This is one of a series of posts about a trip I took to walk labyrinths in July 2022. See this post to see why I refer to these labyrinths as my “Emmaus labyrinths.” Note: the numbering refers not to how many labyrinths I walked on this trip, but to the total number I’ve blogged about so far.
St. Peter’s Church in the Great Valley has a large campus, and on it is a lovely seven-circuit medieval labyrinth, with brick walls and a path covered with a lovely mix of stones. By this point, I knew I’d be heading home soon, and I thought that instead of asking a question, I would just enter the labyrinth with this:
“I just want to be open to your [God’s] presence.”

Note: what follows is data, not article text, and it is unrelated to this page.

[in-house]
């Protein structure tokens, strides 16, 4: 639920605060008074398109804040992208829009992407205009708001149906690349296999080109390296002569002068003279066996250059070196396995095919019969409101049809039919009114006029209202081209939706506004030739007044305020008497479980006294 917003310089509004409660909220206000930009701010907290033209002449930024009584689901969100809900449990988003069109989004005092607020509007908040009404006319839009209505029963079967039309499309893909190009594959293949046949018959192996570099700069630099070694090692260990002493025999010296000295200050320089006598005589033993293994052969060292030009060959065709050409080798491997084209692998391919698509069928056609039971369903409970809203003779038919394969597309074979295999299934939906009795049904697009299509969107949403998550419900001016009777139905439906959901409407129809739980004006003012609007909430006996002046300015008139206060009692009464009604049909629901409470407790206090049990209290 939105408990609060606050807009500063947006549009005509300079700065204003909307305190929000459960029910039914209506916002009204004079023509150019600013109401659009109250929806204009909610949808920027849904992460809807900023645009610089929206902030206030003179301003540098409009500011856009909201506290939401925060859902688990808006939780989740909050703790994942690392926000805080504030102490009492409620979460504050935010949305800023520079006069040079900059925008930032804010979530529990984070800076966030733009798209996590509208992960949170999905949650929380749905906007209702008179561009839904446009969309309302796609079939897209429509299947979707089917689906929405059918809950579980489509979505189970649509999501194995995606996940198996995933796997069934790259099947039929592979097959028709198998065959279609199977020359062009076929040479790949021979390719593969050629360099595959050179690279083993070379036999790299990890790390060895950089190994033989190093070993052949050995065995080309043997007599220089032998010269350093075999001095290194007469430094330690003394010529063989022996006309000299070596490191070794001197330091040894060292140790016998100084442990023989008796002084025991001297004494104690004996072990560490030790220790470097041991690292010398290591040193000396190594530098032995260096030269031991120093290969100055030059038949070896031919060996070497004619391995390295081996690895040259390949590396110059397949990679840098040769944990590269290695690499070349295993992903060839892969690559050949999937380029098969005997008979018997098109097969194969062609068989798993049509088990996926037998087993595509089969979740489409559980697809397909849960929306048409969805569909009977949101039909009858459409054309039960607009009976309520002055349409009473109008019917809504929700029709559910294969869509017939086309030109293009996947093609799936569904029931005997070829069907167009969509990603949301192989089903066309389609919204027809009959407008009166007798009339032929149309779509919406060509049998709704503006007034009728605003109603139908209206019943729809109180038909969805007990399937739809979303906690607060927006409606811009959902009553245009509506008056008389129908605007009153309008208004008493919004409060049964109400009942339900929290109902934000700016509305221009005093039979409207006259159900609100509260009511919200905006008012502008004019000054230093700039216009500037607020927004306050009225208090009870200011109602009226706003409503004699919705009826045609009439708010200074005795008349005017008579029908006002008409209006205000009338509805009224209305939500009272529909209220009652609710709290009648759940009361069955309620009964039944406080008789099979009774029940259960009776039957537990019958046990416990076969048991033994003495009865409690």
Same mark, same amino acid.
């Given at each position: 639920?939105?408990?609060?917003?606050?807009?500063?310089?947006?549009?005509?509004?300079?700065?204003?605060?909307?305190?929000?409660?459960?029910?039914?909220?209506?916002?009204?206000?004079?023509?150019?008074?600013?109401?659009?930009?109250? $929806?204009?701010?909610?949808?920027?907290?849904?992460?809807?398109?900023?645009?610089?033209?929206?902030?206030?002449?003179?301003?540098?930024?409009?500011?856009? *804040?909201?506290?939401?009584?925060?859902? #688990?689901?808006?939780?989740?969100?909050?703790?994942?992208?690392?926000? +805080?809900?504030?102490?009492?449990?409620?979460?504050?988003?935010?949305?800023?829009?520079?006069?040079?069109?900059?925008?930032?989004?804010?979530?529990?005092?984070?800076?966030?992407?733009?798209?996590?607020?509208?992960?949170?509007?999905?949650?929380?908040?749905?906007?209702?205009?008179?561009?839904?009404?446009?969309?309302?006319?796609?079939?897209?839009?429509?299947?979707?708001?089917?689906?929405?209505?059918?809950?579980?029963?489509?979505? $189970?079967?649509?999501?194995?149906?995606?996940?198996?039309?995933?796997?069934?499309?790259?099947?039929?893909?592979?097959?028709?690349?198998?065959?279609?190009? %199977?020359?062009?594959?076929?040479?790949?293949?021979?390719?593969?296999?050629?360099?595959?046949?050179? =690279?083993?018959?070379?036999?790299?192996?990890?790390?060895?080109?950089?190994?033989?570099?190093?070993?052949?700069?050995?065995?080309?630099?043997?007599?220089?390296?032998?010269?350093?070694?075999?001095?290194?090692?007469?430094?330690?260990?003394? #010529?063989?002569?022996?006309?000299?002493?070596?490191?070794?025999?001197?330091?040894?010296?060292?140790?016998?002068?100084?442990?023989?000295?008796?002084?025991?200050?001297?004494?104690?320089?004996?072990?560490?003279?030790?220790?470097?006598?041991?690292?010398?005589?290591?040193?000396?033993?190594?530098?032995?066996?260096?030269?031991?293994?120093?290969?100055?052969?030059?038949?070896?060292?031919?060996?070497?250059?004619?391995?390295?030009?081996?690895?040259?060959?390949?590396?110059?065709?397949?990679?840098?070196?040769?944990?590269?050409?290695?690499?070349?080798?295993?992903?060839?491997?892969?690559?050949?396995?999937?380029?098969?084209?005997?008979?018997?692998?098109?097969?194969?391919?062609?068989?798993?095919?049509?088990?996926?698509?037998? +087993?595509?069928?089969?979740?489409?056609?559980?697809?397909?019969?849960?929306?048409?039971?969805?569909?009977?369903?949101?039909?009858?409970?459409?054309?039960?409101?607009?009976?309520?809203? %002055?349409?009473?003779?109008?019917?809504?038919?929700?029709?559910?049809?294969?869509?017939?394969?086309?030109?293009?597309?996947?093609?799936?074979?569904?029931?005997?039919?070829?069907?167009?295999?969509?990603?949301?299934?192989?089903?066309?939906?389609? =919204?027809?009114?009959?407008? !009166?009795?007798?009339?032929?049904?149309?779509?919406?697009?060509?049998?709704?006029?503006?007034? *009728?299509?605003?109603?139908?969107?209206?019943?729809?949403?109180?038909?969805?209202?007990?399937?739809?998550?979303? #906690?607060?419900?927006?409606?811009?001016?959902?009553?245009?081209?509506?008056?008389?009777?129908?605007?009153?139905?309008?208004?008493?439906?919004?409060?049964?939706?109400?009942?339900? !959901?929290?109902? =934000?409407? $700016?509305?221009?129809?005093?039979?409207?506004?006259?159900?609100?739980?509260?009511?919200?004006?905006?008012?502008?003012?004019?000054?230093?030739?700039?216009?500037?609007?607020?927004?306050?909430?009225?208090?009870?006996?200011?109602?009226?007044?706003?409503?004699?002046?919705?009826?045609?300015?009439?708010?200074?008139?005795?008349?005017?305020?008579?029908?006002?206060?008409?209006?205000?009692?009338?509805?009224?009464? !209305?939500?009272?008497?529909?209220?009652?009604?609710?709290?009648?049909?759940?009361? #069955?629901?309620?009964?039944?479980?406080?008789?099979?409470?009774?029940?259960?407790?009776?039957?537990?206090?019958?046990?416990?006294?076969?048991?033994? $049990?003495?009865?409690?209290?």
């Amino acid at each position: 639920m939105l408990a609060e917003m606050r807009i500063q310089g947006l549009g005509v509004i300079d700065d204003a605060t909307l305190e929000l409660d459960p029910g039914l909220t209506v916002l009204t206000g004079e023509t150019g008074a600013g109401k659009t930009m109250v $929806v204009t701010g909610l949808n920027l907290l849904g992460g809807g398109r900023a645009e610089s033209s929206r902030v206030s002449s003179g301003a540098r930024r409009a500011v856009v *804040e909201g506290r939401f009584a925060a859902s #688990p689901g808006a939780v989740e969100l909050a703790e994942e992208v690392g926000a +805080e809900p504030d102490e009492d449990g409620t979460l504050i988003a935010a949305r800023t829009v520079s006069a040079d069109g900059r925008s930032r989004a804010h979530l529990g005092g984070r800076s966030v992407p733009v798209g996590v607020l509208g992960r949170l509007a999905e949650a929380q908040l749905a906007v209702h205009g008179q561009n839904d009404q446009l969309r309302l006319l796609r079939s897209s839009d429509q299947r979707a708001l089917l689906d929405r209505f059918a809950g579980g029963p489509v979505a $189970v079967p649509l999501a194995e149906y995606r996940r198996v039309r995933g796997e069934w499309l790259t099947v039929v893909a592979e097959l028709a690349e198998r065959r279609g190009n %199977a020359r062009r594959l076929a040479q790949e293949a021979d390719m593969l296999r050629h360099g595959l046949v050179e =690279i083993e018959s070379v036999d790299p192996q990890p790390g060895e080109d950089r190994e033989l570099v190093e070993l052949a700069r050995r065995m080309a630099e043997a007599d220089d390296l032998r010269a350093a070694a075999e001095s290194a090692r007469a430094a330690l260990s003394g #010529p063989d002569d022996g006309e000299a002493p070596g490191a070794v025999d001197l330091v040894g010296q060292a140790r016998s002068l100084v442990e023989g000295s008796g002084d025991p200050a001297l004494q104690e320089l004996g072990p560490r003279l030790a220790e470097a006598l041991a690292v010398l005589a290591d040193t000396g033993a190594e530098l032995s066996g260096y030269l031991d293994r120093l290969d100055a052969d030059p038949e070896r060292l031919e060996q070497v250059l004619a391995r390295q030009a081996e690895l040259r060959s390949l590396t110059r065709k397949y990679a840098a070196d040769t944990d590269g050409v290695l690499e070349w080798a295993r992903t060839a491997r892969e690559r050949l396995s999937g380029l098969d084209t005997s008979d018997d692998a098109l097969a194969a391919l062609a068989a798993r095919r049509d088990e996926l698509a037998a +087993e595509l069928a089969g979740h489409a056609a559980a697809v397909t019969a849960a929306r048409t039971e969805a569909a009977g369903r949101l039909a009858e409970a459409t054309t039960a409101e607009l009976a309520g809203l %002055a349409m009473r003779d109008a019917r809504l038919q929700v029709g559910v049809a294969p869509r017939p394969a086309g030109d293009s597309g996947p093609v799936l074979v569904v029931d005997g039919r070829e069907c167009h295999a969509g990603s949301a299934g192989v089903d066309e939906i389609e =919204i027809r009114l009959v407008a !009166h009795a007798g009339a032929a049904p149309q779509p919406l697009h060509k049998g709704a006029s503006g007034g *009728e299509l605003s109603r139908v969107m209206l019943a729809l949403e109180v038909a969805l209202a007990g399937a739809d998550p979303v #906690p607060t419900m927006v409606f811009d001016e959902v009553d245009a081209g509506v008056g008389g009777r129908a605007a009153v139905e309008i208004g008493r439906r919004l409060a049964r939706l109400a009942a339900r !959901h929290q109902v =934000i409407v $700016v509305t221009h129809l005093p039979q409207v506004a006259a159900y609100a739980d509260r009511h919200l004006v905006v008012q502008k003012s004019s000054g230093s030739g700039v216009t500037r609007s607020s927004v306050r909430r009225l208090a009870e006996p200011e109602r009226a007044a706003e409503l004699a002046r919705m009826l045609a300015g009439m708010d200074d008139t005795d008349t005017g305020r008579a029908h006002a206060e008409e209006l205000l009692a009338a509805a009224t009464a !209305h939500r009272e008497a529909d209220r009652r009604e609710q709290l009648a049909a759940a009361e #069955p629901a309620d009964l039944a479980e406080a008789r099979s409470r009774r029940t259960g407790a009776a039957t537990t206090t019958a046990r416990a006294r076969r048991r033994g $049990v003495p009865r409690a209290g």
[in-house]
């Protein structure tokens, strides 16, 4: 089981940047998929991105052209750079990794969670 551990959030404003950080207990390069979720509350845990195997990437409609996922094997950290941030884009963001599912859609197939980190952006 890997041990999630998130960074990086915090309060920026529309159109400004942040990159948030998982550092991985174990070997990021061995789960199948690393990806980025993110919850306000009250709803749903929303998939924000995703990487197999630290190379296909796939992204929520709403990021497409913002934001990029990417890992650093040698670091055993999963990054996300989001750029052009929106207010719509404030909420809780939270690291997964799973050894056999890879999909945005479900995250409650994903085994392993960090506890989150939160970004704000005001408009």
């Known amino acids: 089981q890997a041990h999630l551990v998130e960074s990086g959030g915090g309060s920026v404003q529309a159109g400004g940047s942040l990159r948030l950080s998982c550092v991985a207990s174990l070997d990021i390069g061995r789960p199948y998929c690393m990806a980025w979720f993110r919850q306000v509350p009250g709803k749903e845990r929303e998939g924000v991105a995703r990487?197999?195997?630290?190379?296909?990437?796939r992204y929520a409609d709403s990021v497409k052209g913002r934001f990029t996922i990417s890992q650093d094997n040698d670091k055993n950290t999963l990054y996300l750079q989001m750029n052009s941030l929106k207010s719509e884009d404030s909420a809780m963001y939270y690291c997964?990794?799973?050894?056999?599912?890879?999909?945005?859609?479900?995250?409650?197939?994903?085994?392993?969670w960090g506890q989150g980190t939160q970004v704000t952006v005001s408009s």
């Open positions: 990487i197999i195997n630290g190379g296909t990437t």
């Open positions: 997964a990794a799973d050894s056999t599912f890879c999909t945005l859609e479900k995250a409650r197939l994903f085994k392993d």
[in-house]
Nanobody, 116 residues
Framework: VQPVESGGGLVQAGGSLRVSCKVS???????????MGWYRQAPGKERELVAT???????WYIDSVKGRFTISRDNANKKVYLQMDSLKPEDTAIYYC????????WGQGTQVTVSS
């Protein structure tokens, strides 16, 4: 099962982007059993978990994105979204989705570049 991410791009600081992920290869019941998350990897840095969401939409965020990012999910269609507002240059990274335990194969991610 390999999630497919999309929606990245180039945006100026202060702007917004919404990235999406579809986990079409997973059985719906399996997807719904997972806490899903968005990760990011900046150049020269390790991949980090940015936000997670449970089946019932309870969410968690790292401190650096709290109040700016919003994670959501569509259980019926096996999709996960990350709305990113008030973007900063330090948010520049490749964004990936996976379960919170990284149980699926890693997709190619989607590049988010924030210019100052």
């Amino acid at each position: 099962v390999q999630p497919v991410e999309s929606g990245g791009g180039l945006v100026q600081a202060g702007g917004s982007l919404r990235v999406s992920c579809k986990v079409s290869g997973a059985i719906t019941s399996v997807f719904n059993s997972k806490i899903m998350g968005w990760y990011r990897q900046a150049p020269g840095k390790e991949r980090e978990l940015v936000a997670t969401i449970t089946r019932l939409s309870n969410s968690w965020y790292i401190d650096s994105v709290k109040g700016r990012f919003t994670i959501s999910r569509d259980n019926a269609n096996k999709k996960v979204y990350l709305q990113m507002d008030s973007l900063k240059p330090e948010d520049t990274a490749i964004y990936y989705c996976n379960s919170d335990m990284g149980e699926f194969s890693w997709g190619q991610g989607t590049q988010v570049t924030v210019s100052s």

After completing the walk, I reflected that the walk felt kind of like what I feel like after a contemplative prayer session, a twenty-minute period in which I meditate and focus on God’s presence. But contemplative prayer is really hard for me. As much as I get out of it, it takes a lot of effort and energy and willpower to do that for twenty minutes. Here, though, it’s easy. Something about walking a labyrinth makes it much easier for me to focus and contemplate. Here I am where I belong, walking this path. Here I am at home.